TITLE: A Yiddish World Remembered
DIR/PROD: Andrew Goldberg
SOURCE: Connecticut Public TV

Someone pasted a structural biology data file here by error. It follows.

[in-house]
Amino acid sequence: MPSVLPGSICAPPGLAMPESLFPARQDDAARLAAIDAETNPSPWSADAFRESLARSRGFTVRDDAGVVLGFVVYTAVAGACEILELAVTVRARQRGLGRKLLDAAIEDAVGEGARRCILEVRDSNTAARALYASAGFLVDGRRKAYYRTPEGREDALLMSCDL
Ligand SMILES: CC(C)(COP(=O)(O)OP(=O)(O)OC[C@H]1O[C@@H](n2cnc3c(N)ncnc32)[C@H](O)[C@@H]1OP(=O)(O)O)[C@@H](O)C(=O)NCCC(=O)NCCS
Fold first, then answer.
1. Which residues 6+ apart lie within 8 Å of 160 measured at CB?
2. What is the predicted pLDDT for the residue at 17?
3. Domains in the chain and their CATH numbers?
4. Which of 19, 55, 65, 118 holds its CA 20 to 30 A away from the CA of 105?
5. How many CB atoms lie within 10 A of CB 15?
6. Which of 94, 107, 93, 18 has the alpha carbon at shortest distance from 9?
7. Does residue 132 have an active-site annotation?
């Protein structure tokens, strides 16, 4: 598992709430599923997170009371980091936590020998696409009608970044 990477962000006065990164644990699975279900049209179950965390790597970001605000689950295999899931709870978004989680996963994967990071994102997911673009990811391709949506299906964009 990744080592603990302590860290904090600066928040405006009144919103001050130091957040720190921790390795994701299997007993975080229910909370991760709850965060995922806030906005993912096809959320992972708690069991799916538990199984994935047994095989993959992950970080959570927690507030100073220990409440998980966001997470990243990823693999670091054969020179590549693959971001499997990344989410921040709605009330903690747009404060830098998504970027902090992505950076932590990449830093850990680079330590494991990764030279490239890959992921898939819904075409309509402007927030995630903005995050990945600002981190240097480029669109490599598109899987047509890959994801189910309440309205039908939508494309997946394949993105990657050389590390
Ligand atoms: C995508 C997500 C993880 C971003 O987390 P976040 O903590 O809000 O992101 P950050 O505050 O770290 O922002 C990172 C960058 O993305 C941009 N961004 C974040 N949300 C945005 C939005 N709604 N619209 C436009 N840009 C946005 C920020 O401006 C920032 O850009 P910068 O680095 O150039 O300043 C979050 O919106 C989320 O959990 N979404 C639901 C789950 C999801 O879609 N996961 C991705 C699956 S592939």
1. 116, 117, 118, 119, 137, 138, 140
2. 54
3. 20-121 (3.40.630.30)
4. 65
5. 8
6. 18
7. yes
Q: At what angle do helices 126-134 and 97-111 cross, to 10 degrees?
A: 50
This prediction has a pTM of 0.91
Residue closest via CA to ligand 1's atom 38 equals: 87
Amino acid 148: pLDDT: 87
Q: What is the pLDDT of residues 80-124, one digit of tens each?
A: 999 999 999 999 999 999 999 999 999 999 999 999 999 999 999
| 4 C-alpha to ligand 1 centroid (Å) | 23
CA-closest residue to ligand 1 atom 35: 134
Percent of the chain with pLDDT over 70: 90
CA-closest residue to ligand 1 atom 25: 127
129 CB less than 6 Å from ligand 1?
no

TEXT: Production funding provided by the Koret Foundation, Public Television Viewers and PBS. Producer: Two Cats Productions in association with Connecticut Public Television. Executive producer: Andrew Goldberg. Reminiscing about his childhood in Oshmana, Belarus, Michal Baran describes the delirious odors of the Sabbath dinners he smelled as he walked through his shtetl on Friday nights. "The smell of the gefilte fish," he says, wistfully, as klezmer music can be heard being played softly in the background. "And the kugel and the cholent!" Those smells and sounds are at the heart of Andrew Goldberg's new documentary, "A Yiddish World Remembered." It will serve as an excellent introduction to anyone who wants to get a basic education in Yiddish life in the 19th and early 20th centuries. The filmmakers interview dozens of native Yiddish speakers who grew up in Eastern Europe about their past day-to-day lives, as well as scholars of Yiddish and Jewish history. According to Goldberg, the film's director and producer, he and his co-producers, Melissa Nix and Lee Rogers, plowed through hundreds of photographs and films at the YIVO Institute for Jewish Research (some of which were from the Forward archive housed at YIVO) as well as sources in Eastern Europe. The result is a remarkable depiction of the vanished world of Yiddish life and culture. Aron Grunfeld talks about growing up in cheder, under the exacting guidance of old-time Yiddish schoolmasters, who demanded an exacting rigor and discipline when it came to learning about Judaism. "We didn't have time to play; they didn't let us," said Grunfeld, who was born in Dukla, Poland. "In other words, it was so important... to learn that I went to school until about 2 o'clock and I would go to cheder from there. Then I came home and studied. So it was kind of hard for us to grow and get tall." The yiddishe mama â€” and all her impossible chores and worries â€” is also discussed in detail. Anna BrÃ¼nn Ornstein describes taking care of her household in Szendro, Hungary. "The milk had to be kosher," said Ornstein. "As a little girl... I would take our own kosher soap and make sure that the woman who was about to milk the cow would wash her hands very thoroughly with my soap... Then she had to â€” in front of me â€” clean the udder of the cow. And I would be there while she was milking to make sure." Mila Baran, Michal Baran's wife, describes frenzied Sabbath afternoons in Oshmana when women would pick up the pots of cholent that they had asked the baker to cook. "Some people didn't remember what kind of pot it was," Baran said, "and this one used to say: 'This is my pot!' and the other one would say, 'No, this is my pot!'" Samuel Kassow, a history professor at Trinity College in Connecticut, describes the world of Yiddish insults: "May all your teeth fall out â€” may one remain as a toothache!" "In every city we visited," Goldberg said of his travels in Poland and Ukraine, "we found the oldest people in town." Many remembered the Jews fondly; some even asked after the Jewish survivors who had moved to America. In one incident that wound up on the cutting-room floor, Goldberg interviewed an elderly Pole who spent 15 minutes on camera denouncing Jews. "I didn't tell him I was Jewish," Goldberg said, but the man did nothing to hide his attitudes. He then went two houses down, where a neighbor talked about the Jewish friends he had as a child.